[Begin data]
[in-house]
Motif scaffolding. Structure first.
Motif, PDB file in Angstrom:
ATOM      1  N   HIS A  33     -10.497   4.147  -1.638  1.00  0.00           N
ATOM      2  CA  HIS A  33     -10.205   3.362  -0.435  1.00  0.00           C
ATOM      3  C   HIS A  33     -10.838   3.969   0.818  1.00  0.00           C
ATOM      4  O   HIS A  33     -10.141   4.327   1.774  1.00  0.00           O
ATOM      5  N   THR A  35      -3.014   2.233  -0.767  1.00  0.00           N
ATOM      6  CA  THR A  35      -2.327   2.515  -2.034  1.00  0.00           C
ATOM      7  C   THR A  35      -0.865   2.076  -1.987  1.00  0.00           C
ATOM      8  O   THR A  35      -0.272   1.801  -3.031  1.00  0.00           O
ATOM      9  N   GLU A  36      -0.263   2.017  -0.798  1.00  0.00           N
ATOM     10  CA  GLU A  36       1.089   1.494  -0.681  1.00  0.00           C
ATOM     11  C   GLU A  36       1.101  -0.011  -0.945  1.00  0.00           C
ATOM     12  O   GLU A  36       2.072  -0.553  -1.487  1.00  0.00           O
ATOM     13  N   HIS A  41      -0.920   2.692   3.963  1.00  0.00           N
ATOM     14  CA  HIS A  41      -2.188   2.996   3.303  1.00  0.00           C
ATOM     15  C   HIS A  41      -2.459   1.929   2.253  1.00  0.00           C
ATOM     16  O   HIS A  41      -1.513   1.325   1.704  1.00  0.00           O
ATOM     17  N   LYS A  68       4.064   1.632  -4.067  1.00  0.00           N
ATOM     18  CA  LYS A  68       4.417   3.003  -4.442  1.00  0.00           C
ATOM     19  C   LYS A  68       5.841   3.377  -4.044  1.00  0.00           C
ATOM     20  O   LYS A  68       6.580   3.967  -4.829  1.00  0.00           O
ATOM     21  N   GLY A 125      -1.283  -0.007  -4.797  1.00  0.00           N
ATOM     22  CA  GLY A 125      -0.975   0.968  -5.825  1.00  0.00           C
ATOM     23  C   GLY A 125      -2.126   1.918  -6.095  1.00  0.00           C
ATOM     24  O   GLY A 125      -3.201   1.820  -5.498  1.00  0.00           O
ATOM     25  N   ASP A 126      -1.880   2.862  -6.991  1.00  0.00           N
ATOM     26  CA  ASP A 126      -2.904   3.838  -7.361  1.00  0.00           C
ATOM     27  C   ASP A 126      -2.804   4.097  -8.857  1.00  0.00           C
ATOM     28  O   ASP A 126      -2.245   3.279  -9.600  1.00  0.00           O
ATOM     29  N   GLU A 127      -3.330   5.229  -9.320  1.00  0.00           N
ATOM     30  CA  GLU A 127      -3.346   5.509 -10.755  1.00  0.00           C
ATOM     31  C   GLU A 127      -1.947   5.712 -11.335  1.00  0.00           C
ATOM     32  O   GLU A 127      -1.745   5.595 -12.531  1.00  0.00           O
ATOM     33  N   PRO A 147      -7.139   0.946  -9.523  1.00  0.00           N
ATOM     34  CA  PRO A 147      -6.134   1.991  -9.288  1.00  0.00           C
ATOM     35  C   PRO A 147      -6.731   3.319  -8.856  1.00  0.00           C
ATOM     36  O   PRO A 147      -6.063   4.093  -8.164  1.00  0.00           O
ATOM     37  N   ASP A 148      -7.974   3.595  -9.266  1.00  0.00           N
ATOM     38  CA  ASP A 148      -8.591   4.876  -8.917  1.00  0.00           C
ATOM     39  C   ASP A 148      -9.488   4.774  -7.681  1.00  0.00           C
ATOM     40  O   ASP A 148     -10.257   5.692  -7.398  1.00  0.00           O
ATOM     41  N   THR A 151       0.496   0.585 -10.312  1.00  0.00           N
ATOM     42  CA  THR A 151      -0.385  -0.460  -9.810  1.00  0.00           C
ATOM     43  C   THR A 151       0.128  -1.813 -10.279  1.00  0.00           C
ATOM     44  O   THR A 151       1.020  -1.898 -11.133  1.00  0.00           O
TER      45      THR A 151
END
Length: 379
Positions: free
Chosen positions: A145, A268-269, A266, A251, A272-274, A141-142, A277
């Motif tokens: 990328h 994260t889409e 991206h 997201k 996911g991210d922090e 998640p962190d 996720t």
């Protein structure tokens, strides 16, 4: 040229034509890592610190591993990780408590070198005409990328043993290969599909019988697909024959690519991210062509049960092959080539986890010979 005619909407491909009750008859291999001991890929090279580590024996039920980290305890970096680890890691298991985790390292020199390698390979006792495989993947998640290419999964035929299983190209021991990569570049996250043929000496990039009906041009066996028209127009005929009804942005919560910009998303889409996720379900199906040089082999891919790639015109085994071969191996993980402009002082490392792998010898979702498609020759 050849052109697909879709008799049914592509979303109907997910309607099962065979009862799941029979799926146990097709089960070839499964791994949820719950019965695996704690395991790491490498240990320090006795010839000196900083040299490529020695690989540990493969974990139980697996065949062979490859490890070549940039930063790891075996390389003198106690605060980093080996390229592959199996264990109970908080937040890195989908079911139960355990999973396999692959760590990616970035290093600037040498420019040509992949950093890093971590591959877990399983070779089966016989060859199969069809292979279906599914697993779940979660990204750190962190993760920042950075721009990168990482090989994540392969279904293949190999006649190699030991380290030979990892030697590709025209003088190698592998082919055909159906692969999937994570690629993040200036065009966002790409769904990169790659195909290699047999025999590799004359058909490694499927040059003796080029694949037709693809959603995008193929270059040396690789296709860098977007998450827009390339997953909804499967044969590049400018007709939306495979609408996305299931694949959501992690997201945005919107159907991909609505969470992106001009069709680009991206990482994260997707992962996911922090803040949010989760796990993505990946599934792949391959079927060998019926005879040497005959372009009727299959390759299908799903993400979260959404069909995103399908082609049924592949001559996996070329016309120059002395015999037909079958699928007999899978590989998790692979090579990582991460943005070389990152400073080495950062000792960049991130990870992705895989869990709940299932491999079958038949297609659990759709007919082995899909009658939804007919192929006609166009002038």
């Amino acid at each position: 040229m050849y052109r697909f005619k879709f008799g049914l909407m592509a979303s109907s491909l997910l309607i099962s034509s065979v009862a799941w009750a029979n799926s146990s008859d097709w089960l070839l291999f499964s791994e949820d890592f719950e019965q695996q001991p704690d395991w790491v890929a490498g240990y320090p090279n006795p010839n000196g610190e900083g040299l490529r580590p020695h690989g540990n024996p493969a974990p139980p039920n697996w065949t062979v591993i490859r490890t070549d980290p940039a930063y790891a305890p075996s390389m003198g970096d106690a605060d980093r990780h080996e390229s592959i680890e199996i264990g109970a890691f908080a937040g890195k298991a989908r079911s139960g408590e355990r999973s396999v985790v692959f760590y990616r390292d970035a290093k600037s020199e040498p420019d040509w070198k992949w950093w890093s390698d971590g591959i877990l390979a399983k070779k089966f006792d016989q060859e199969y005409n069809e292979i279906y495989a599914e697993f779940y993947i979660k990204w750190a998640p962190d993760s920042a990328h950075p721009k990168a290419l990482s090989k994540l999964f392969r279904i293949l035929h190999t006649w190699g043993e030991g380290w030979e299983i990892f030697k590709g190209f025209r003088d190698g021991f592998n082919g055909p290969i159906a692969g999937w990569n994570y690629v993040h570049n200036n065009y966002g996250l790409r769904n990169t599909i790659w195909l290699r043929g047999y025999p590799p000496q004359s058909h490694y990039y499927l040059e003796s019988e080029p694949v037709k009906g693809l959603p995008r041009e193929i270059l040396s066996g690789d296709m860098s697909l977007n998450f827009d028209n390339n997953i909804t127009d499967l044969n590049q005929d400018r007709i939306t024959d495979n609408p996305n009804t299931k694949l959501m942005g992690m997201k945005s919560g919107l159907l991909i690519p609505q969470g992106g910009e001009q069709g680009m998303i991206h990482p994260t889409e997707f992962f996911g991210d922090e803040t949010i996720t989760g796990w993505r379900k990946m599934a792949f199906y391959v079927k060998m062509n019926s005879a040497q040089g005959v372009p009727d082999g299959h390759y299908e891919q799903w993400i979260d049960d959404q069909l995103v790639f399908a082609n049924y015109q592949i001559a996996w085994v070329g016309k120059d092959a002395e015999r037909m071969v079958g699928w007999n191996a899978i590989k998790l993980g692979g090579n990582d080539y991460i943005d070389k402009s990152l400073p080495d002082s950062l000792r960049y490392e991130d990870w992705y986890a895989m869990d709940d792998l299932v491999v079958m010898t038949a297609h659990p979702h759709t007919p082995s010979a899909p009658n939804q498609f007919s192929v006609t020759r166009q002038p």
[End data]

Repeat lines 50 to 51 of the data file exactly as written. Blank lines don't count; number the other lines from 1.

Length: 379
Positions: free